Fundamentals

PGA teaching professional Eric Hogge shows you how to generate a good full shoulder turn in your swing and what that turn should feel and look like when done properly.

For Your Game

 

Full Fundamentals library

1.
Get Connected for More Power
The arms and body must work together in the golf swing. As you start your swing the left arm should swing across your chest and connect the arm to your chest.  Once the left arm connects to your chest, the arms pull the body so that you are coiled and wound up at the top of your swing.
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2.
Left Arm Only Swings
For right-handed players the left arm must remain extended from the start of the backswing to the beginning of the follow-through.  A good drill to help feel this extension is to make some swings holding the club only in the left hand.
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3.
Balance Out Your Stroke For Consistency
Whether hitting a distance wedge, pitch shot, chip shot, or putt - you need a consistent stroke.  One way to ensure a consistent stroke is to ensure an even tempo.  An easy way for you to work on your tempo with these shots is to make sure your backswing and finish are equal distance
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4.
Hold A Yardstick and Get Ready For More Accuracy and Length In Your Swing
Find a wooden yardstick and take your grip on the yardstick with the bottom edge in your fingers and thumbs on top. This will enhance you feel for keeping the grip more in the fingers and the palms facing each other which is the correct position they should be in on your club handle.
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5.
Shoulders, not Hands, Determine a Complete Backswing
Many golfers try to make a complete backswing based on how far their hands and arms go back.  In reality, your backswing is completed when your shoulders have made a full turn.  Turn hands, arms and shoulders together on the backswing.  Once your shoulders have finished turning,
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6.
Look to the Blimp for a Great Turn
To create the correct turn in the swing without excess motion and moving off the ball try this drill. From address pretend that there is a blimp above and behind your right shoulder. Turn back and look up at the blimp.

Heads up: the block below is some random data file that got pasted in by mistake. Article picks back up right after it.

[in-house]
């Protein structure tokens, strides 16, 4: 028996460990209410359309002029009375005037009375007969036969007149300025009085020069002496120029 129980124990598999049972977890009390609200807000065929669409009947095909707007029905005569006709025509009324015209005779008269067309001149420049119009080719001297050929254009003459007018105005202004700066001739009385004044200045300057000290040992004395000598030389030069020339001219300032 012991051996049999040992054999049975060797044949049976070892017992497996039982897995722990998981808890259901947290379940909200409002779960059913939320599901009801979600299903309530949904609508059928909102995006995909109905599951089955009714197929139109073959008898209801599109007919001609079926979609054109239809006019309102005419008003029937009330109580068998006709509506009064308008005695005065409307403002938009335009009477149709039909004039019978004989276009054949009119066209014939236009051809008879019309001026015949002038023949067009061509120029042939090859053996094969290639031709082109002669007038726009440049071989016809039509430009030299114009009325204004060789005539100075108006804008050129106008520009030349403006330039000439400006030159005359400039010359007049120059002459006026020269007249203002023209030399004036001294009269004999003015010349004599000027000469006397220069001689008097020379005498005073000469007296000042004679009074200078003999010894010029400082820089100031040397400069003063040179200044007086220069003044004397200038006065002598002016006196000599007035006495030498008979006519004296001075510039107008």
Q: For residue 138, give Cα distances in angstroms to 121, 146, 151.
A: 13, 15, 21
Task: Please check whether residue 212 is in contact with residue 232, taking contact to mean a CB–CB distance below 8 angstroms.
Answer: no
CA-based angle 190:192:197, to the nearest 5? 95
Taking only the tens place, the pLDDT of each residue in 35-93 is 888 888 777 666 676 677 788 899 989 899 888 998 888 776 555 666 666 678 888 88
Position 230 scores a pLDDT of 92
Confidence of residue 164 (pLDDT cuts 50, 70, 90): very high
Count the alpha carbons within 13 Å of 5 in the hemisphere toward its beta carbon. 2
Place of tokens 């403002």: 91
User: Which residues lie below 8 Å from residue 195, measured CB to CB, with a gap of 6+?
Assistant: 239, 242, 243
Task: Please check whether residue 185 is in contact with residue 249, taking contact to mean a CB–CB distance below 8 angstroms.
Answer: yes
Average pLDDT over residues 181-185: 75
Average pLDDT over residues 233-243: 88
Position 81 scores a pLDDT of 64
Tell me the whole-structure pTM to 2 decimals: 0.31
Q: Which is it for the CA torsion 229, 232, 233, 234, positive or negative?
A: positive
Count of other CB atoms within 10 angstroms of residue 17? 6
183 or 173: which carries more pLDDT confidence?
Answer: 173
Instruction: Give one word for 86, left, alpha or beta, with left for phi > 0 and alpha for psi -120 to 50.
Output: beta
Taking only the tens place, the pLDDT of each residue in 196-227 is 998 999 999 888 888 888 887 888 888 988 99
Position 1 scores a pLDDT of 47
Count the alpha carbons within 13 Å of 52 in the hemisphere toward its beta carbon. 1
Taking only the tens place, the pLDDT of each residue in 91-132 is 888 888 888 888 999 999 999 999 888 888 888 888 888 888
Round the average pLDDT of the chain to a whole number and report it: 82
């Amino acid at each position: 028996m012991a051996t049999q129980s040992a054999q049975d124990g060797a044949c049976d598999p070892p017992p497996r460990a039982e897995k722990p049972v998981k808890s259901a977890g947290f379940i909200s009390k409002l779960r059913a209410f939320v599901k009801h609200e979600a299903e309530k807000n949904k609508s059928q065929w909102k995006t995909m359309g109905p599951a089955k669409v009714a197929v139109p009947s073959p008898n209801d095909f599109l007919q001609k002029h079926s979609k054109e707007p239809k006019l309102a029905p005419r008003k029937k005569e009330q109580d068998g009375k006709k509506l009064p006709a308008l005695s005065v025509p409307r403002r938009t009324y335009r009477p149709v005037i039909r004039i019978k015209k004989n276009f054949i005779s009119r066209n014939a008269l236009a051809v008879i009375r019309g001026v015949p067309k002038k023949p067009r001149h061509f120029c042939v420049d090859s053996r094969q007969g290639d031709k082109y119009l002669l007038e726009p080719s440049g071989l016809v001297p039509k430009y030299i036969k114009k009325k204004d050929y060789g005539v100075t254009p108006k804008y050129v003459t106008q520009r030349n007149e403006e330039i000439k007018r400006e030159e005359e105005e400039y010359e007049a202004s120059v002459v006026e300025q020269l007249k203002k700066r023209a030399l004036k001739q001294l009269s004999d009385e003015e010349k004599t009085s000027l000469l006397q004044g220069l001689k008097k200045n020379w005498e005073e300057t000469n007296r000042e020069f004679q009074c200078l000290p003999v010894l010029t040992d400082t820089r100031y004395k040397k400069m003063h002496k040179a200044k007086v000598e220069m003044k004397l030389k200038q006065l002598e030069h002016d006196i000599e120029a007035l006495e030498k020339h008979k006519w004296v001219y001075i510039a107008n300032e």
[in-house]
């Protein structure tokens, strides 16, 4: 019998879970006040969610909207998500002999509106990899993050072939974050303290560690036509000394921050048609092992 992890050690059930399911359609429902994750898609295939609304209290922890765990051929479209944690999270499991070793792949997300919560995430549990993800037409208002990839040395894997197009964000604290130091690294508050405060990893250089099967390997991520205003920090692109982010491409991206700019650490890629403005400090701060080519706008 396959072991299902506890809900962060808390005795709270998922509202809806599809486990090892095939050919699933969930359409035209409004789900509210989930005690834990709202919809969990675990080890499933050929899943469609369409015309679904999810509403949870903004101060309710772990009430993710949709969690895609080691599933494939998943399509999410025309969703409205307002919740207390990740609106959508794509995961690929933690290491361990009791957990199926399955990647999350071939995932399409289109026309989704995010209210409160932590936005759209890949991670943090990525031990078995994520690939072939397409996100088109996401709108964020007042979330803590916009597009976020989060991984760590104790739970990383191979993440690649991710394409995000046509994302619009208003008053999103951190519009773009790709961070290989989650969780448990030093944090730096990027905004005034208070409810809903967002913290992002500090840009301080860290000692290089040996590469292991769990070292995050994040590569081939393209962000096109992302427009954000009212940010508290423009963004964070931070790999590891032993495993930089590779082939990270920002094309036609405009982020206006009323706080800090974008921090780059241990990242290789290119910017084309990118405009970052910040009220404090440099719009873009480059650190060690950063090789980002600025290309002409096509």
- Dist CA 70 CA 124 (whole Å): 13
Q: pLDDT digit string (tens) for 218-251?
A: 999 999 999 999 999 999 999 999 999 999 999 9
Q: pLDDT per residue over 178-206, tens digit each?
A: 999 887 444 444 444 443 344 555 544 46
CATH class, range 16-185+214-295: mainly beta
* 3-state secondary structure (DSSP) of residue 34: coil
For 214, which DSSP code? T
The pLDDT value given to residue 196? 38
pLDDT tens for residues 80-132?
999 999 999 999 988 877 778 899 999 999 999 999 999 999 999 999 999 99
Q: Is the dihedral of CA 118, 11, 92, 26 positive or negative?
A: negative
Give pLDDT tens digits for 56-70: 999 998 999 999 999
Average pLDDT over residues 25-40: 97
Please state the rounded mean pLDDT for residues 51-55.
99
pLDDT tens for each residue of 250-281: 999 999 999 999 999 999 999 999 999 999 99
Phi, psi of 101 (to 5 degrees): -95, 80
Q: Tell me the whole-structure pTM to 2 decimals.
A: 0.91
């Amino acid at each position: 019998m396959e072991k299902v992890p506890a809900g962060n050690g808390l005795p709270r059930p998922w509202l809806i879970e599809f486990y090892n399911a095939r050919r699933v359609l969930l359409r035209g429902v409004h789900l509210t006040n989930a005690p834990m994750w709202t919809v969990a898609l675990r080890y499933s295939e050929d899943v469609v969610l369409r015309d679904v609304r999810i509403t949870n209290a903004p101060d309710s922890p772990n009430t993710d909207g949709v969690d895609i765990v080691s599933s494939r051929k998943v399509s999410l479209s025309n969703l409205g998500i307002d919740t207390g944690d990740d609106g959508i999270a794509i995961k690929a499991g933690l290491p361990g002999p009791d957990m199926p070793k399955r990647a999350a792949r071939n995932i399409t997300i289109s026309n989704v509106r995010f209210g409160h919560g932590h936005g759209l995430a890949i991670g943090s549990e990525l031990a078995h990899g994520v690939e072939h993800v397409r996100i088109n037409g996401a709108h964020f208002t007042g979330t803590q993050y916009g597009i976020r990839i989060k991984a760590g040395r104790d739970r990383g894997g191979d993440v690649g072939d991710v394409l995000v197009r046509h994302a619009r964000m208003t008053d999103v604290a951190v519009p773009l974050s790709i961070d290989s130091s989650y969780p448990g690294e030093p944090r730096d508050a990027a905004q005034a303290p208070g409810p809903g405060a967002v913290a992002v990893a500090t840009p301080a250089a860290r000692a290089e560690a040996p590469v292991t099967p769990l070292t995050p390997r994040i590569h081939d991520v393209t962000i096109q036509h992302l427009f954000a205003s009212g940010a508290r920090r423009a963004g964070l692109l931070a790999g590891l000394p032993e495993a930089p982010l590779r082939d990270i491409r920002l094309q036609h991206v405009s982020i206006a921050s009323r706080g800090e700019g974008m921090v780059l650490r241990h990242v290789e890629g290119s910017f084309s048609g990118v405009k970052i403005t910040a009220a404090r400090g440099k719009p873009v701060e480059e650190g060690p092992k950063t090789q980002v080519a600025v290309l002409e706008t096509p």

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7.
Nice Follow Through; Nice Shot
One of the big differences between the good player and the not so good player is the nice balanced follow through. My feeling is strong on this and a proper follow through will verify that you have done a number of the right things like balance and proper rhythm.
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8.
Sidehill Lies
When playing a particularly challenging course, particularly a links style course, players will be faced with a variety of uneven lies.
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9.
Get the Right Fit
Part of the success of playing consistent golf is having equipment to match your golf game. At Colleton River Plantation Club we have four different fitting carts: Callaway, Nike, Titleist, and TaylorMade to help the student find the right equipment for their swing.
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10.
Pitch Shots
The forty yard shot or closer is tough for many players. There are even players that will lay-up to a distance where they will have a full shot.Make a short enough backswing to have room for a follow through.
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11.
Get Out of the Sand
Approach sand shots in the same manner you would a long pitch shot.  The only difference is that you are digging your feet down into the sand.  Play the ball forward in your stance with your full swing set-up.  Relax and don't forget to finish the swing.
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12.
Perfect Rehearsal Creates Great
Practice swings in your full swing are over rated but in your short game they are a must!Every shot you have around the green, be sure to take 1 or 2 rehearsal swings. But make sure they are productive.
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13.
Crossing the Line
One of the most common problems in golf is aiming one way and swinging another. The result is always a glancing blow to the ball rather than a solid compressed shot.
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14.
Lesson Learned: Play Your Game
It’s always fun to watch the AT&T Pebble Beach National Pro-Am.
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15.
A Lesson Learned: Mickelson's Never-Changing Routine
Watching Phil Mickelson’s spectacular performance this week at the Waste Management Phoenix Open and seeing the way he waltzed around the TPC of Scottsdale as if he were strolling through a park, I immediately thought of Jack Nicklaus.
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16.
A Lesson Learned: Manage Your Game
Golf Instructors get a unique perspective on the game, one that we enjoy immensely.
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17.
A Lesson Learned: Play YOUR Game
Last year, when I was fortunate enough to win the 2011 PGA Professional National Championship, I knew part of the winning package included exemptions into six PGA Tour events.
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18.
A Lesson Learned: Beat the Heat
 
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19.
A Lesson Learned: Commit to the shot
First and foremost, "Congratulations to Webb Simpson!" Simpson has been one of the most consistent and dedicated players in golf over the last year, he is a deserving and worthy champion of the U.S. Open. I expect we'll see more major championship victories in his future.
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